Over the weekend I had to reacquaint myself with how to wire three-way electrical switches. As it can be somewhat complicated (certainly more so than “normal” switches), I wanted to write it down for my future reference.
Three-way switches are when you have two switches controlling the same device (light fixture, outlets, etc). They differ from normal switches in that there are three wires, instead of two wires (not counting ground and neutral) – and the switches are wired together with traveler wires.
In a normal three way switches, you have two wiring boxes where the switches reside. One switch box has the hot line coming from the circuit breaker panel, the other has the load wire going to the fixture.
Typically the line wire will be black, the neutral wire will be white and the travelers will be red and black. Sometimes one of the travelers will be white, but marked with black tape.
First – let me start off with a warning: Electricity is no joke, and not something to take lightly. Before working on wiring switches be sure to turn off power to them. If you’re unsure if power is really off use a multimeter to test them. To be completely clear: Do not attempt to work on wiring until you have confirmed power is off to the box you’re working in!
Under normal circumstances, you would wire the line to the common screw on the three way switch. You would then wire the two travelers (one is usually red, the other is either black or white marked with black tape) to the other two screws. In the other wiring box you would wire the two travelers to the same screws as the previous box, and the load (wire going to the fixture) would be wired to the common screw (same as the line in the first switch).
When using Insteon switches to do home automation, however, it’s a little bit different as you don’t wire the switches together at all – instead doing virtual three-way configurations.
For Insteon switches – like a SwitchLinc – you would have a “secondary” switch and the “primary” switch. The primary switch controls the load to the light – and is located in the wiring box where the wiring goes out to the light fixture. The secondary switch is located in the wiring box where the line comes in from the circuit breaker box.
In these cases, you wire the black wire from the Switchlinc, and the black traveler wire, to the Line with a wiring nut. You then hook the white wire from the Switchlinc to the common wires with a wiring nut. The red traveler and the red wire from the SwitchLinc are each capped with a wiring nut (Separately, not together!) – they are not needed. Don’t forget to also hook up the ground wire to the ground wires in the box.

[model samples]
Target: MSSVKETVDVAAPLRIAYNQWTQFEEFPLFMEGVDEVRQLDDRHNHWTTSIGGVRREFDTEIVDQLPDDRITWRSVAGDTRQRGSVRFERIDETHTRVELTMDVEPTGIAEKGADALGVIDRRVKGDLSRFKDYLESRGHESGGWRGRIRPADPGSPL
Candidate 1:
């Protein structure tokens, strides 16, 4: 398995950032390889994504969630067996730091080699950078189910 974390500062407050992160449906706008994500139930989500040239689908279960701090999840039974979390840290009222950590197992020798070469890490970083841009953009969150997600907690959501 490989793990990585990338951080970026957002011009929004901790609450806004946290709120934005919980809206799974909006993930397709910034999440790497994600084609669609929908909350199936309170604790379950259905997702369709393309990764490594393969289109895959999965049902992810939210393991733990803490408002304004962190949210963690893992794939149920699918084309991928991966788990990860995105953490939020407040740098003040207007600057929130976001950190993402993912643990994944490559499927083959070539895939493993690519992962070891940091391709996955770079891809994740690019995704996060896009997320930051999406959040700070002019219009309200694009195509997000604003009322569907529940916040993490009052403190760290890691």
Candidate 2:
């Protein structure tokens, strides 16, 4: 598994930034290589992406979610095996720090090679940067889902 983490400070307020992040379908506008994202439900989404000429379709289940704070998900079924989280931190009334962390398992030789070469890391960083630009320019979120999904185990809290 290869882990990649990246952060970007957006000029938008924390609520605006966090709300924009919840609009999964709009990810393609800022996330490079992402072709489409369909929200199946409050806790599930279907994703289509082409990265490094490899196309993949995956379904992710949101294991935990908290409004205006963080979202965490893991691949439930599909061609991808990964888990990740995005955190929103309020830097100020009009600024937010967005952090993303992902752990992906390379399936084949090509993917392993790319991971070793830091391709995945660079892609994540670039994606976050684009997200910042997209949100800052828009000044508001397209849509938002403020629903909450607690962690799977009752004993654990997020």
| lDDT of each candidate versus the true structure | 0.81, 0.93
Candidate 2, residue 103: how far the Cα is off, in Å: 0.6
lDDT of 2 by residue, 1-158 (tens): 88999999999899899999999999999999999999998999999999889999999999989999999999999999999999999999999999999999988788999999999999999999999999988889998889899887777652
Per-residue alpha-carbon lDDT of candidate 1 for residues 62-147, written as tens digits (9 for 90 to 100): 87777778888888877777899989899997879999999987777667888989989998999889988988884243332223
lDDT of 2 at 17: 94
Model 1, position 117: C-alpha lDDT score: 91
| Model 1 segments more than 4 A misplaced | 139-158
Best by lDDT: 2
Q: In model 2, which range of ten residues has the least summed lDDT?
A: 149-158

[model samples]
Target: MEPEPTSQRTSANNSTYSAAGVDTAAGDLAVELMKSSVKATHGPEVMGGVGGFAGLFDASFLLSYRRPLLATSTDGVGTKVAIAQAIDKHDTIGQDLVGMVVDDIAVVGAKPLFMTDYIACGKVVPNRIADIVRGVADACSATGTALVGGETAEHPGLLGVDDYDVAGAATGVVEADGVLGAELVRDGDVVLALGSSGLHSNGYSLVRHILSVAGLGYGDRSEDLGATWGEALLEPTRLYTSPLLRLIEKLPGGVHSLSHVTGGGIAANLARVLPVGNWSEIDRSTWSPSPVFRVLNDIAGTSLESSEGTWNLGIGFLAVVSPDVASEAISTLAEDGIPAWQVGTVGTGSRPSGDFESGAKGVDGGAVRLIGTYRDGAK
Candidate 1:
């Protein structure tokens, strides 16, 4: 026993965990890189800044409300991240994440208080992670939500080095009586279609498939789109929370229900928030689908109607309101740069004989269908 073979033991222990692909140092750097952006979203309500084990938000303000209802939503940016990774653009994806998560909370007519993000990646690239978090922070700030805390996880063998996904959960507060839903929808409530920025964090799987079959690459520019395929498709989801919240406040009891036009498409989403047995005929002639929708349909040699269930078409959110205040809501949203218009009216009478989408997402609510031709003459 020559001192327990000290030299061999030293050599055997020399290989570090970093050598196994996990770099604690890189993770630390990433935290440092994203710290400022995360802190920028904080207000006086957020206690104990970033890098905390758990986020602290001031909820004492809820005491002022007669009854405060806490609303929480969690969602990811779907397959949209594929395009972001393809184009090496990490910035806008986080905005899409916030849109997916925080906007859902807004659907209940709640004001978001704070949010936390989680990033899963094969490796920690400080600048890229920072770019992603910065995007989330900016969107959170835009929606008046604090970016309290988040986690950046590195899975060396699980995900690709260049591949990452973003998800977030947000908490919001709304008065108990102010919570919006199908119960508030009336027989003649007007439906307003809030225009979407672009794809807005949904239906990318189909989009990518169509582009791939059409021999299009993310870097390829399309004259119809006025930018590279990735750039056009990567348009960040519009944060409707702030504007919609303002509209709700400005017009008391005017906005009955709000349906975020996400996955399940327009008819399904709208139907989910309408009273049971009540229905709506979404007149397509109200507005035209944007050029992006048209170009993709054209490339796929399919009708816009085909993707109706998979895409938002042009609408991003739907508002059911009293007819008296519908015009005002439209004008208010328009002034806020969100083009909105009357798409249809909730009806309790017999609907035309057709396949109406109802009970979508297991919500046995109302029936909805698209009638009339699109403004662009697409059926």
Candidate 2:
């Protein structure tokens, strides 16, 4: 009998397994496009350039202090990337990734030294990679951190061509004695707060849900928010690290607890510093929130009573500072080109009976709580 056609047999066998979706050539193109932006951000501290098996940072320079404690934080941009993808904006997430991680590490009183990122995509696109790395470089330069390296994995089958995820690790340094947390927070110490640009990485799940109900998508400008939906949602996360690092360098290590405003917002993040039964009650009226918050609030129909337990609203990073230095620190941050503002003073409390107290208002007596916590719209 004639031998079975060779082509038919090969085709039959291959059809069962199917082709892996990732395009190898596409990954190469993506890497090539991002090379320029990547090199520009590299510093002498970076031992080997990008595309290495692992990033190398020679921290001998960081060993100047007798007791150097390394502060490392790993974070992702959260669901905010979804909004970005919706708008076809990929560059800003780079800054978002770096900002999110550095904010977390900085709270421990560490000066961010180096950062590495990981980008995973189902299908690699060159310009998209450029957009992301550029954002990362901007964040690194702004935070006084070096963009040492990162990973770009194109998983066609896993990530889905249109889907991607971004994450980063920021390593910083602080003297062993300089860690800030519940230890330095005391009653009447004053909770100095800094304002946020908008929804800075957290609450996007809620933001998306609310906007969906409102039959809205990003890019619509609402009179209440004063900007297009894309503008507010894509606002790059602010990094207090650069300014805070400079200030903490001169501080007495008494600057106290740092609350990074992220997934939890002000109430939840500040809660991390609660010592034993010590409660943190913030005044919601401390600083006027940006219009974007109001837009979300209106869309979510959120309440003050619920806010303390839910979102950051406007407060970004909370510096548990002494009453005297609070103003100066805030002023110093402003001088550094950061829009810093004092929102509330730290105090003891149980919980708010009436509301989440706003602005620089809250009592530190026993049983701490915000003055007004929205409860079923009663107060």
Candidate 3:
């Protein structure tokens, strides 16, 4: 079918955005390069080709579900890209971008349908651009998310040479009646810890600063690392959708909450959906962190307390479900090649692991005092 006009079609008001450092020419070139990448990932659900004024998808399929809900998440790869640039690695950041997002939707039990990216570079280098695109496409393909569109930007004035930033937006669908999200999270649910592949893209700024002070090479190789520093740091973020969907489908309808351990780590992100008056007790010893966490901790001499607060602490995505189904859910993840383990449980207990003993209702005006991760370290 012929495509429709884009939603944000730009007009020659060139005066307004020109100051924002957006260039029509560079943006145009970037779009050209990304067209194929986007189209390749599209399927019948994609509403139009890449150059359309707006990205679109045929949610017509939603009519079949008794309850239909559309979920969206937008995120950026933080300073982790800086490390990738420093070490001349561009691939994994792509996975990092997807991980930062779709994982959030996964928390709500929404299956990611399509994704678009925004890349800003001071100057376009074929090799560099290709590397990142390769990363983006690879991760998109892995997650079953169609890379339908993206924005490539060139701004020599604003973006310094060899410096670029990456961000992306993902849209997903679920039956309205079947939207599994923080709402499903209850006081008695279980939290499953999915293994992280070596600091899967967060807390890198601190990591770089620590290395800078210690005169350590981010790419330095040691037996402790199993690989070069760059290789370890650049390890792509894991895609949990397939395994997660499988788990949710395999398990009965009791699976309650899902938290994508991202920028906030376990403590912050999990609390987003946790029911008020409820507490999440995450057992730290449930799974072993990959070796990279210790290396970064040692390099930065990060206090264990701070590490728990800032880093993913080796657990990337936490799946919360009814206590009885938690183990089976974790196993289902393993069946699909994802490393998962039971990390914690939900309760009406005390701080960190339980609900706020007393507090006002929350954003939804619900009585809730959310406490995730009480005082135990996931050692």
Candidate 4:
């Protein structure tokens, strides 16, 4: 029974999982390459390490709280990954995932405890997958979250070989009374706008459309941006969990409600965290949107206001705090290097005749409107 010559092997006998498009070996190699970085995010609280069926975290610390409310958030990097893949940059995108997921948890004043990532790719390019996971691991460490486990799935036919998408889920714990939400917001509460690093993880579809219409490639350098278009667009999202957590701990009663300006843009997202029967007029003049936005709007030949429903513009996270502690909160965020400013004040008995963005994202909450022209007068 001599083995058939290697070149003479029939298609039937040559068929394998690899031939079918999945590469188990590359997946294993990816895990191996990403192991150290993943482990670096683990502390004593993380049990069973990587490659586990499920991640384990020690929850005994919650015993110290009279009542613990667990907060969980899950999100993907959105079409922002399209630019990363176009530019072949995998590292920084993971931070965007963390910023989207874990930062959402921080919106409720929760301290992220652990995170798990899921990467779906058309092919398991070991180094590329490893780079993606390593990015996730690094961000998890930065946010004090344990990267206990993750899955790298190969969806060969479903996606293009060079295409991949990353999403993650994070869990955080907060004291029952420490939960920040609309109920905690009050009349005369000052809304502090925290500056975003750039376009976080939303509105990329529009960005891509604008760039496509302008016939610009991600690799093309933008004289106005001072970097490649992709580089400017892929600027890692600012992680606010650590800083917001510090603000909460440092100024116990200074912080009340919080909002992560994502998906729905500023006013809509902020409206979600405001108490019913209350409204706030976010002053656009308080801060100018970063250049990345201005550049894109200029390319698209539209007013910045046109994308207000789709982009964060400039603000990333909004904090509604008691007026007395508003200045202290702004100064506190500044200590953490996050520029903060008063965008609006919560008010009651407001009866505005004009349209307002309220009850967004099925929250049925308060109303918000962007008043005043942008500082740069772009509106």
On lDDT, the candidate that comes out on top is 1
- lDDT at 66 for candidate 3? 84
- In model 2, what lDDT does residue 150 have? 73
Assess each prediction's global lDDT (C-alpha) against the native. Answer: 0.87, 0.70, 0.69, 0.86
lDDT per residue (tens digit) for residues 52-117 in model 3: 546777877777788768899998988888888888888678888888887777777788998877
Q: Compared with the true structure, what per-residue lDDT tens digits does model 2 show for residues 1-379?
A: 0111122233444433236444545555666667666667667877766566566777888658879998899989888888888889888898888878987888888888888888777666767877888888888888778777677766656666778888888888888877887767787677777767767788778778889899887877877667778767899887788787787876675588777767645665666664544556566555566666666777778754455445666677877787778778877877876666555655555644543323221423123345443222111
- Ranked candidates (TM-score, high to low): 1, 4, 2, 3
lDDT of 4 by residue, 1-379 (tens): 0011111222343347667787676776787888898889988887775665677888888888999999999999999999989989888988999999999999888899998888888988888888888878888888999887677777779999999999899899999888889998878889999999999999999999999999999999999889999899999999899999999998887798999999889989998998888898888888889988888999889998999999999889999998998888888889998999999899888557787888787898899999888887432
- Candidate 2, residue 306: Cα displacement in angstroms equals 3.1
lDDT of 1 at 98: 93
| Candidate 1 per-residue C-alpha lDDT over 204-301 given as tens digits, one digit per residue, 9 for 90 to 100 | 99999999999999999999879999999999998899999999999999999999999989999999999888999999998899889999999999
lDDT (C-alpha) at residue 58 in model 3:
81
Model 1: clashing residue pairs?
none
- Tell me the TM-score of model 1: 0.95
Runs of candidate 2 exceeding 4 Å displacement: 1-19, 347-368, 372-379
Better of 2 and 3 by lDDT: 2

At the primary switch, you would hook the black wire from the Switchlinc to the black traveler with a wiring nut. The red wire from the Switchlinc is then wired to the Load wire to the fixture with a wiring nut, and finally the white wire is wired to the Neutral wires with a wiring nut. As in the other box – the red wire should be capped as it’s not needed and the ground wire should be hooked up to ground in the box.
The secondary switch will then need to be linked to the primary switch using Insteon such that when you toggle the secondary switch it sends an Insteon signal to the primary switch, which then turns on the light.
The instructions that come with the switches will detail how to link them together – it’s a very simple process.
Important disclaimer: I am not a licensed electrician, nor am I claiming to be one. Use the information provided at your own risk. I’m writing this mostly for me to reference later as I do some DIY projects on my own house. Also – be sure to follow any local electrical codes for your area when doing any sort of wiring.
Photo #1 from FamilyHandyman.com – more information on wiring three way switches can be found there.
Photo #2 from SmartHome.com – great resource on all things Insteon.